About the presenter: Carla Di Domenicantonio is a registered speech-language pathologist in Ontario, Canada. She has worked in the field of stuttering and fluency disorders for over 25 years serving preschool, school-aged and adult populations in hospital and private clinic settings. Eager to support the advancement of cluttering amongst colleagues and the general population, Carla became the Canadian SLP representative for the International Cluttering Association (ICA) in 2007.

You can post Questions/comments about the following paper to the author before May 4, 2010.

Seeing is Believing

by Carla Di Domenicantonio
from Canada

I want to share an experience I had a little while ago with an eight year old boy. He was referred by his mother at the recommendation of the school speech-language pathologist because of a fast rate of speech, stuttering and unintelligibility. He had been involved in speech therapy three different times with three different therapists and no improvement in his speaking pattern. To protect identity and for ease of discussion, I will name the client David.

At the assessment, David told me that he liked the way he talked, and that he didn't mind being different -- in fact, he liked it. He felt that his friends understood him, so he was not all that interested in changing his speech pattern. It was clear from my conversation with David that listening to him required careful attention due to his fast rate, revisions, disfluencies and unintelligibility. I found myself guessing at what he said, and I wasn't always right! David also did not use his lips much when he talked. Speech sounds requiring upper lip movement were made using the upper teeth in place of the lip. David clearly loved to talk and rarely paused for me to take a turn. His mother assured me that he took turns at home. I asked David to speak using a pacing board and using "turtle talk" which he had learned in previous therapy. Both resulted in slower speech and increased intelligibility. The potential for change was evident. The challenge would to motivate David to change.

Fortunately I was able to videotape David during the assessment. As I reviewed the video recording after the session, I wondered if David had ever seen or heard himself talk from an audio or video recording. I wondered if he would understand everything he had said. I decided that we would watch his video at the next session and make observations from it. My hope was that David would come to realize how difficult it was to follow his discourse and that he would consequently become interested in changing his speaking behaviours.

I also felt it would be important for David to commit to making change by setting self-identified objectives for himself. I came up with the idea of asking him to write a letter addressed to himself about the video. The letter would outline what he saw and heard, what he liked, and what he didn't like so much. We would then establish whether he felt it would be important to change the "things" he didn't like so much, and why he thought it would be important to do so (desired outcome). From there, we would identify what would be required in order to realize change (therapy objectives). I also asked David to identify people who could help him in achieving his goals. With his mom's approval, we even included a motivating "big" reward to be awarded by his parents when he had achieved his goals.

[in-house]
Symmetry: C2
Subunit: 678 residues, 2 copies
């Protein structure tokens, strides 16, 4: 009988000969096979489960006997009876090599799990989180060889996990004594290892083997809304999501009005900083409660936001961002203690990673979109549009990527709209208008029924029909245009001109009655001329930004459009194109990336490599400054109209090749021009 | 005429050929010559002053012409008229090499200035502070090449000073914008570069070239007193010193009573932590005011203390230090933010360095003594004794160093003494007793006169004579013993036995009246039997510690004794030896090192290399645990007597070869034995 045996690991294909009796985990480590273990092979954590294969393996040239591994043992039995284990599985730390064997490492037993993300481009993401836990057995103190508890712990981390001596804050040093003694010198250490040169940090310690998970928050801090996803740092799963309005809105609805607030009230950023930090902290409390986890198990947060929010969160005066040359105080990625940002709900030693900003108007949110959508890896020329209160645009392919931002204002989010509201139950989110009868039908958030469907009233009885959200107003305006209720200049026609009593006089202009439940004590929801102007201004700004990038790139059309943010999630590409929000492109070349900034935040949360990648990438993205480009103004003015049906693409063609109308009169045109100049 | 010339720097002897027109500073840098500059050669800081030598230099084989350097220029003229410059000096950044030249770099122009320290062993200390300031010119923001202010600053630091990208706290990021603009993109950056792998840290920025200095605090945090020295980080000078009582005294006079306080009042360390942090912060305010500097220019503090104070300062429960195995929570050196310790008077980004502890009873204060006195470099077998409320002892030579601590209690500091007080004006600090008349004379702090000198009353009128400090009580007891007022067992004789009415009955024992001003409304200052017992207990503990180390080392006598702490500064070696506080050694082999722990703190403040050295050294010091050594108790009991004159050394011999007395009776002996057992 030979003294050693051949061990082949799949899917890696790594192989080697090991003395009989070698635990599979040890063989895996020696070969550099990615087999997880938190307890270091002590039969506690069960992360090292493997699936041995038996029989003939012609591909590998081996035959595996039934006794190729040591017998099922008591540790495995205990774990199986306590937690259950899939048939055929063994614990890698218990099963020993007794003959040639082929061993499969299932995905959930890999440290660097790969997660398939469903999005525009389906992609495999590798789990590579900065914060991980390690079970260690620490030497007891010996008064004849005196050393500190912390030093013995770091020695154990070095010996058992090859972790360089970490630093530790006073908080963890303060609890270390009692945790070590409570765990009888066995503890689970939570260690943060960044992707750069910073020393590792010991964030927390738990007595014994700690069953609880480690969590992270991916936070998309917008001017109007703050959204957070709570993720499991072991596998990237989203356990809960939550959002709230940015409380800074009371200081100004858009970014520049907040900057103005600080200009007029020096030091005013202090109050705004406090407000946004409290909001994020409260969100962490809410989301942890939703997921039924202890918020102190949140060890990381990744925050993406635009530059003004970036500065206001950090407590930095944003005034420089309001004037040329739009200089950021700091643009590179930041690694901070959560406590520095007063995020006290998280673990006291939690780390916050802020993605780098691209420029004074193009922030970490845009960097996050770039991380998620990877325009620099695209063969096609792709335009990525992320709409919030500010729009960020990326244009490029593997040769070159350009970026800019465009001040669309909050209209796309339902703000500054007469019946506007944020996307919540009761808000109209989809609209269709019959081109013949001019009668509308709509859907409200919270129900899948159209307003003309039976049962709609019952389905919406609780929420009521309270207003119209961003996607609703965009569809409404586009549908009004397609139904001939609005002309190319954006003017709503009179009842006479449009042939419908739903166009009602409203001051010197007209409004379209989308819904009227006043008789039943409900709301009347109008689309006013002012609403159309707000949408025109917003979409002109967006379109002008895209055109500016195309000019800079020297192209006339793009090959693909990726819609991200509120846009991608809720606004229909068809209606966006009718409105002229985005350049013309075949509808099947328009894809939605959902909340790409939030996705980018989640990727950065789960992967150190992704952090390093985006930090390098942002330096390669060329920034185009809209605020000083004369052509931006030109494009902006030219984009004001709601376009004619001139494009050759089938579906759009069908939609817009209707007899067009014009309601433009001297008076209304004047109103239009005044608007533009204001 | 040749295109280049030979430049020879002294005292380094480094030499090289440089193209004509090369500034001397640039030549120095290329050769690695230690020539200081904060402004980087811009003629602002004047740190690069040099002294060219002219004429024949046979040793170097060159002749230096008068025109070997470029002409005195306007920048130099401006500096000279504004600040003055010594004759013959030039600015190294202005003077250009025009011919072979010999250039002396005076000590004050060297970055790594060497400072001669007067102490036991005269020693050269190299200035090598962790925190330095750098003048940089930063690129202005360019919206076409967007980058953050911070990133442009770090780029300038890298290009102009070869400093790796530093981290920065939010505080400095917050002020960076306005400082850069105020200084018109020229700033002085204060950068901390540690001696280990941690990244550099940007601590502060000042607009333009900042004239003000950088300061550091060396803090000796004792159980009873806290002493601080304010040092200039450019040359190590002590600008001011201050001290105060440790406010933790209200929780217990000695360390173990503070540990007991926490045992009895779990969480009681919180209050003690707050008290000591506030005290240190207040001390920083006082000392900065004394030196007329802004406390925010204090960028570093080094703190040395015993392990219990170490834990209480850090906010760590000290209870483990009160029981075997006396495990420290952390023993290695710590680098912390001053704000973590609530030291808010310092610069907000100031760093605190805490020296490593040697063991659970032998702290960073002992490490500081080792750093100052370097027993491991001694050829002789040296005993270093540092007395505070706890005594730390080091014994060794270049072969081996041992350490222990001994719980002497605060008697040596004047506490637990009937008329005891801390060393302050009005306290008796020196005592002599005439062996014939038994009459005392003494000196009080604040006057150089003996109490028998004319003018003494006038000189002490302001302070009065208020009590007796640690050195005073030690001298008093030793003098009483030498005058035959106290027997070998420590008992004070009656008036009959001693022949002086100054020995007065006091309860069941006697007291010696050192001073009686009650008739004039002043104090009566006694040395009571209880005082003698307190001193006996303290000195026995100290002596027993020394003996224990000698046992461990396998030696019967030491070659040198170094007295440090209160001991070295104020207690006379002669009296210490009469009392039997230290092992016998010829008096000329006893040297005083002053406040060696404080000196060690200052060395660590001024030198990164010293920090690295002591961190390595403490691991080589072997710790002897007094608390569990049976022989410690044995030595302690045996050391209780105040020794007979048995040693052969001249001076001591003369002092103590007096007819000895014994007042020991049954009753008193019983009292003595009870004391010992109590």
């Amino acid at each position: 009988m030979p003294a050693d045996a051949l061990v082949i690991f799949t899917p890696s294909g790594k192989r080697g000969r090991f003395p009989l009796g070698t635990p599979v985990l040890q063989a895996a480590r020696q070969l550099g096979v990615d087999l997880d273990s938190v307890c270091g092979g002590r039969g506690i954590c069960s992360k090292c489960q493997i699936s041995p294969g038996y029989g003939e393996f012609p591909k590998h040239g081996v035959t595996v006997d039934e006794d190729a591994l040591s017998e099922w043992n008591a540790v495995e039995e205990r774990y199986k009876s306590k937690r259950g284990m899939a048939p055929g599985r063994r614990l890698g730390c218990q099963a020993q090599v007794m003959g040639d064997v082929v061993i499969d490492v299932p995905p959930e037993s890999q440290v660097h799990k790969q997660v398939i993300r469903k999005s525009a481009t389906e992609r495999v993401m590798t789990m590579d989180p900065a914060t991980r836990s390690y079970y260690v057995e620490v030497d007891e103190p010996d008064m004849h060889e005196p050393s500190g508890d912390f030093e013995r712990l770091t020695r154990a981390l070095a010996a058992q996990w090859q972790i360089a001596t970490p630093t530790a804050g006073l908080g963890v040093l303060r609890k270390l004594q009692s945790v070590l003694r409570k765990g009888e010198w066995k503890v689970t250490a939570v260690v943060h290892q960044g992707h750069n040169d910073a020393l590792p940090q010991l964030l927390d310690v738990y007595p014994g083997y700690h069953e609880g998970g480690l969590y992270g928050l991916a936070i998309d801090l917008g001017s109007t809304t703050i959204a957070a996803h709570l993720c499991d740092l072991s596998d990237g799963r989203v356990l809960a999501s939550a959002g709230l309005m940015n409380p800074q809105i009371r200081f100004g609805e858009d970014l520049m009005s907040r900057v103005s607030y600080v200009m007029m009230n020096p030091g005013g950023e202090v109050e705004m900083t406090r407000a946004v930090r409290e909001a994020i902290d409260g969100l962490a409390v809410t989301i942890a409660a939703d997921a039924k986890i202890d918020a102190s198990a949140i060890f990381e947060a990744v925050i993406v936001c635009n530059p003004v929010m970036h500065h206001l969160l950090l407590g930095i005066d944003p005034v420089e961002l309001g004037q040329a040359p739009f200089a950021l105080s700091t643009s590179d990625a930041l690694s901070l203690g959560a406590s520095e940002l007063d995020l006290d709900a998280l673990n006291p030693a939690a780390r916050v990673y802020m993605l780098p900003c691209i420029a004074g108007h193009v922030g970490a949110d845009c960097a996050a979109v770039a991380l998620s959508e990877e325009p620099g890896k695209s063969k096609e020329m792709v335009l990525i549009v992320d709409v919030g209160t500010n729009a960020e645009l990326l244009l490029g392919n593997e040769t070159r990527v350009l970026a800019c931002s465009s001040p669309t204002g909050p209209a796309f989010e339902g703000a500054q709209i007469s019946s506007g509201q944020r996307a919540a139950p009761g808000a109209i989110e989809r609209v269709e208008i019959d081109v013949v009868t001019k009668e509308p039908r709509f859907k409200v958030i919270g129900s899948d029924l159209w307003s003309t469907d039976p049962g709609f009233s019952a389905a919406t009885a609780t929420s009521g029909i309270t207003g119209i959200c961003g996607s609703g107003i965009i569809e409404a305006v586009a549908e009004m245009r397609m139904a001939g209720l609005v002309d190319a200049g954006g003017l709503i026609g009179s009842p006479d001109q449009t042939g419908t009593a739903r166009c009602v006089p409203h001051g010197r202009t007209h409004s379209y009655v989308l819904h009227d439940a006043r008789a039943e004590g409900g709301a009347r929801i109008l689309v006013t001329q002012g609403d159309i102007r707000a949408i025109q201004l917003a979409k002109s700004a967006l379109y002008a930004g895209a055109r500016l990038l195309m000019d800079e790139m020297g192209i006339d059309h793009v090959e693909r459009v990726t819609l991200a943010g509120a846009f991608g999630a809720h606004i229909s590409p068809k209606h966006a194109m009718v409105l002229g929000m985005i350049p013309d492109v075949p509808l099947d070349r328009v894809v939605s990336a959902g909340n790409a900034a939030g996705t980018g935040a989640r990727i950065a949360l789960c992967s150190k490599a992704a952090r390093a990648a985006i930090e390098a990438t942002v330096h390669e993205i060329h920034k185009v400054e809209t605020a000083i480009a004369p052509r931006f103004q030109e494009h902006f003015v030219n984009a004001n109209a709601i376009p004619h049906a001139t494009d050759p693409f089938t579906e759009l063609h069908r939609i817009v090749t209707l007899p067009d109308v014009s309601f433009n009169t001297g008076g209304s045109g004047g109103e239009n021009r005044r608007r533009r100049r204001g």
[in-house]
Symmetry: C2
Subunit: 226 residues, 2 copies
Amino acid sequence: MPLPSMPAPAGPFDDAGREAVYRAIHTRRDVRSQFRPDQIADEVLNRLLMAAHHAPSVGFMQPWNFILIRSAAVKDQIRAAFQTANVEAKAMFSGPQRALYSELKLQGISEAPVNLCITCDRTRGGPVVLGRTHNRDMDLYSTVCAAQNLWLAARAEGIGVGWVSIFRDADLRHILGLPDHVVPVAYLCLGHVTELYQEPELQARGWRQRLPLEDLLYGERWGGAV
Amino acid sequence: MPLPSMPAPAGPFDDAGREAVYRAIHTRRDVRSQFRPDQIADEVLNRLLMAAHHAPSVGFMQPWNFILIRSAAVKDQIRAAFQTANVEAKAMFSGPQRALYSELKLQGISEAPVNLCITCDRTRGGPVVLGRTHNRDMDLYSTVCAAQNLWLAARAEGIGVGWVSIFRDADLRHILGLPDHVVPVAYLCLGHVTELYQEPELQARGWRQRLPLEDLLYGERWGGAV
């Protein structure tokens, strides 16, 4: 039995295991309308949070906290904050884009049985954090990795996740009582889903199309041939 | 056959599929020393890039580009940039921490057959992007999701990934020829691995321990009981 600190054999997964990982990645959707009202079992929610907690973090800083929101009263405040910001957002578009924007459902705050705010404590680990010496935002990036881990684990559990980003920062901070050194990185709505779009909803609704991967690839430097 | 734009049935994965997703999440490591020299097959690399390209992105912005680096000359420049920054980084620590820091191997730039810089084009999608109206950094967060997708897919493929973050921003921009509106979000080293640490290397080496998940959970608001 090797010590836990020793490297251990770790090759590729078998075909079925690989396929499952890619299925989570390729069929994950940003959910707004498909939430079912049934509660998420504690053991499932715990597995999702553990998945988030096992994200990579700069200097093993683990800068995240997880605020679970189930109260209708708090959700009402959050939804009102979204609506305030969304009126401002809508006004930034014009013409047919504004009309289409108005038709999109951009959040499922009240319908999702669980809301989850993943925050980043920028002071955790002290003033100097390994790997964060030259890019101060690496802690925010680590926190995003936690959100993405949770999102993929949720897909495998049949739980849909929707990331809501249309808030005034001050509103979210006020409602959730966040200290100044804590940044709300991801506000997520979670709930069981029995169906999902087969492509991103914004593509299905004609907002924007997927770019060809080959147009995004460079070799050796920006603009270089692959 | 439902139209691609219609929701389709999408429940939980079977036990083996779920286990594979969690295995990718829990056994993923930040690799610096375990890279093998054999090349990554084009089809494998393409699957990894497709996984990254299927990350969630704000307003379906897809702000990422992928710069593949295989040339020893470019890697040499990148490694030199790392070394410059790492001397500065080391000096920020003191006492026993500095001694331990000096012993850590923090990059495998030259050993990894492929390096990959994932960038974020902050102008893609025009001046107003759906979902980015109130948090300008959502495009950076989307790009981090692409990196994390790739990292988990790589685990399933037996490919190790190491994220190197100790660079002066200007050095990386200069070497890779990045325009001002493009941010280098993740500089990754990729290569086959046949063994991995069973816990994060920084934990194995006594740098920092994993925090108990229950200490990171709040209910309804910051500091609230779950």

The plan worked better than I could have imagined. David immediately identified from the video that he talked "like a beaver," a description that surprised me. David thought he looked "weird" and quickly stated that he did not want to look weird in front of his friends. There was our catalyst! He identified three things he wanted to change: beaver talk, fast talking, and repeating (in his words). We mailed the letter together at a nearby mailbox on his way home from the clinic. He would receive it a few days later and he would read over his observations and stated goals.

David got to work immediately starting with the beaver talk which bothered him the most. In fact, his mother reported that the next day, he self-identified two separate occurrences of beaver talk in his speech. She was encouraged by this because David had never shown awareness before.

When it was appropriate, we began using the stuttering severity ratings chart from the Lidcombe Early Stuttering Intervention Program, except that instead of stuttering, we tracked beaver talk. A rating of 1 indicated that there had been no beaver talk; 2, mild beaver talk; and 10, extremely severe beaver talk. David's mother assigned the daily ratings. We incorporated speech rate into the beaver talk ratings as we addressed it in therapy. (Interestingly, disfluencies disappeared as speech rate decreased so we never addressed them directly.) Daily ratings were initially at 7 and gradually decreased until David reached ratings of 1 in the sixth week of therapy. David's mother used verbal feedback and rewards, and pointed out diminishing daily ratings along the way to help keep him motivated. Family friends and relatives made comments about how much easier it was to understand David.

Nearing the end of weekly therapy sessions, we recorded new samples of David's speech and watched the "before and after" video recordings. This time, he identified the changes that had taken place. I asked David to write a congratulatory letter to himself describing the changes that he saw and how he achieved them, identifying the "things" he wanted to continue doing, and the persons that would help him keep up his new speaking style. We mailed that one, too!

You can post Questions/comments about the above paper to the author before May 4, 2010.

DATE: March 6, 2010
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